Oh aren’t you lucky, a second of our Innovative New Interview Ideas in as many days.
Yesterday, of course, we did a ‘First & Last’ thing with Rose Elinor Dougall, today we’ve got a similar deal with Tame Impala.
We’ve asked them some questions based on the song titles that appear on their new album, ‘Innerspeaker’, which was released last week.
Some are a bit daft, some are less so. See what you think, and keep an eye out next week for another we’ve carried out with Pull In Emergency.
(Also: if you can think of a better title, let us know. ‘Trackterview’ has already been vetoed by someone very boring indeed.)
1. ‘It Is Not Meant to Be’
You’re a pretty philosophical band. Are you believers in fate? If something’s meant to be, will it happen regardless of mitigating factors?
I don’t really believe in fate in an events-in-your-life kind of way, but I do like to think of all the motion and everything that happens in the universe as all the atoms and particles bouncing off each other the way they were always going from the first time there was motion, like the first shot in a game of snooker, whether it’s chemicals in your girlfriend’s brain or a nebula imploding. ‘It Is Not Meant to Be’ is more just self-counselling for something not working out the way you wanted.
2. ‘Desire Be, Desire Go’
If you could have just one of your desires for the band come to pass, what would you choose?
See last question.
3. ‘Alter Ego’
If you were to liken Tame Impala to any alter-ego double act from literature or film, who would you choose?
Do you think being in a band, and all the advantages that affords, helps or hinders your perception of the world?
I don’t think there’s any one true perception of the world, but the more countries and different cultures you visit, the more you realise everyone around the world is exactly the same, no one’s really cooler or lamer or more satisfied about who they are and where they live. Basically everyone is always trying to get out of the city they live in.
5. ‘Why Won’t You Make Up Your Mind?’
Does the band find it fairly easy to make decisions - on things like setlists, writing, what to release etc - or do you have to put a lot of thought into it?
Yes, always a lot of thought, when it’s up to us that is… When it’s not a one-man decision, that is, a band matter, we are always relatively on the same page so the right decision is obvious.
6. ‘Solitude Is Bliss’
‘Innerspeaker’ was recorded in a pretty remote location - a beach shack four hours south of Perth - how beneficial was the solitude you experienced to the end product?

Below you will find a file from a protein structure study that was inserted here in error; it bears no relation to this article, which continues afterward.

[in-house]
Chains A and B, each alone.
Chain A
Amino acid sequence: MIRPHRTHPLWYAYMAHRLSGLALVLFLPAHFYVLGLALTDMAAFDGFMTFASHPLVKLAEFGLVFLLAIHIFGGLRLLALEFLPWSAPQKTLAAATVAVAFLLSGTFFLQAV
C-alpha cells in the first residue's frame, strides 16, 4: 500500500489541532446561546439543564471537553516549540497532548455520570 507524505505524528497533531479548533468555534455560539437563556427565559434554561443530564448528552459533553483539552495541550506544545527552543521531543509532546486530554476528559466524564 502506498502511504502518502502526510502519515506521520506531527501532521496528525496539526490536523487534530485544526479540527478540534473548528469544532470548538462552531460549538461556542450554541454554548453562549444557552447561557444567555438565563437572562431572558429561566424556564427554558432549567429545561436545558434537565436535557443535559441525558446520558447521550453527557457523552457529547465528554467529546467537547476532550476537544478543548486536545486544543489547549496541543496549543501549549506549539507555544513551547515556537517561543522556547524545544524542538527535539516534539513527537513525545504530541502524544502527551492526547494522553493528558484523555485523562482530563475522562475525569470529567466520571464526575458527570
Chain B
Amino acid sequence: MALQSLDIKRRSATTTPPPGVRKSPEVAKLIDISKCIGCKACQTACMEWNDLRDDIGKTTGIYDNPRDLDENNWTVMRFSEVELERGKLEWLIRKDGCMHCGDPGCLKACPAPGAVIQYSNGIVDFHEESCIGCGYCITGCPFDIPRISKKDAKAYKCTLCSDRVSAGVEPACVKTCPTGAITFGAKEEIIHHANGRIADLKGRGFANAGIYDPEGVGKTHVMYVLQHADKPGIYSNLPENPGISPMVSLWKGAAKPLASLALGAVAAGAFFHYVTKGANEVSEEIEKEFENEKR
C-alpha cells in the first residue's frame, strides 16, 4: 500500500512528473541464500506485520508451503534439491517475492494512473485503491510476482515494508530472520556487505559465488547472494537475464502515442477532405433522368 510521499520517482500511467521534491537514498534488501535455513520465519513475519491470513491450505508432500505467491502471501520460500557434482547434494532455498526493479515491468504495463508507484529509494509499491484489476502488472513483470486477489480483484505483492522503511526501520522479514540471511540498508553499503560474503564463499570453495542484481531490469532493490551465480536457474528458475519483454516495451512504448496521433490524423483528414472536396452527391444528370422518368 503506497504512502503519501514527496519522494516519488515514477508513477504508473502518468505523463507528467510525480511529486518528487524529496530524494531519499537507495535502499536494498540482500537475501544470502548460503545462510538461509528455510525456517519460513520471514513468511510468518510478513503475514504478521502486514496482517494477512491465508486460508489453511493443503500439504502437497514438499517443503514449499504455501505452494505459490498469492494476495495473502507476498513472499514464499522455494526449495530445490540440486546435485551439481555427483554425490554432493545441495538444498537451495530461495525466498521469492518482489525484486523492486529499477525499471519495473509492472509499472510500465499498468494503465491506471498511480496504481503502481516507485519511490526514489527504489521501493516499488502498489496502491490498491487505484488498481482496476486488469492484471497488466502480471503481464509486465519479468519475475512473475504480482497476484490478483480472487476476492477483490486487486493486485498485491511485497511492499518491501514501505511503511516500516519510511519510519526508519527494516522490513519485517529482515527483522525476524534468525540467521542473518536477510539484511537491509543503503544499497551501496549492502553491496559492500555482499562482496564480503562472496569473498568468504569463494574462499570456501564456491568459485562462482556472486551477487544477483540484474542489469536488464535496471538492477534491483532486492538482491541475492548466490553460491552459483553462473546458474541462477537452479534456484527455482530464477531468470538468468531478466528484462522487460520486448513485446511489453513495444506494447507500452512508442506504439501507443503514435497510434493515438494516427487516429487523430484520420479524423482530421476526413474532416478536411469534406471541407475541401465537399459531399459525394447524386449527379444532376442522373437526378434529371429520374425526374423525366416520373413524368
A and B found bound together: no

The isolation supplied by the place where the album was recorded is a different kind of solitude to what the song is about. BUT, erasing the outside world and their opinions from something you are doing creatively is always a massive help. It CAN be confusing and you lose scope of whether it’s the best thing in the world or the worst, but you just have to push on with what you think is awesome.
7. ‘Jeremy’s Storm’
Does the weather, and your environment, ever dictate the way a song comes out?
Yeah, but it’s the weather in your head.
How has the reaction to ‘Innerspeaker’ so far matched up to your expectations of it? You’ve had an awful lot of positive reviews.
Before it came out I fluctuated between thinking the critics would think it was genius and thinking they would call it utter tripe. By the time it was released I was only hearing the flaws when I listened to the album, so when I read the first review I assumed our record label had paid them to give it a nice review.
When you get too many good reviews you just start to feel like the teacher’s pet. Sometimes I just love to hear about how much someone hates Tame Impala. Apparently a couple of street magazines back home in Australia gave the album 2 stars. I’m dying to read them. It’s a strange fetish.
9. ‘The Bold Arrow of Time’
What do you think is the most important lesson you’ve learnt during your time in the band?
Don’t listen to anyone else’s opinion.
10. ‘Runway, Houses, City, Clouds’
Do you enjoy all the travel that comes with being in a band, or do you sometimes tire of it?
It depends where you travel and who you meet, and who and what you have waiting for you at home. And there’s always fluctuation between wanting to cancel every show you have and end the band and go home and never come out of your house, and falling in love with being a nomad and feeling like you live in a space ship with everything you’ll ever need.
11. ‘I Don’t Really Mind’
Is having control over the band more important now than when you were starting out, or is it easier to put your faith in others now?
There’s always the desire to have more control, but you feel like an arsehole when you demand it.
When you’re starting out, no one cares about you and your band so you can do what ever you want. When you get bigger, you’re worth more and people’s professional careers depend on the success of your band, they care about it more than you do, but at the same time they’ll never understand the point of the music better than you. I would probably set things up a bit differently if I could start again, but I guess can’t really complain.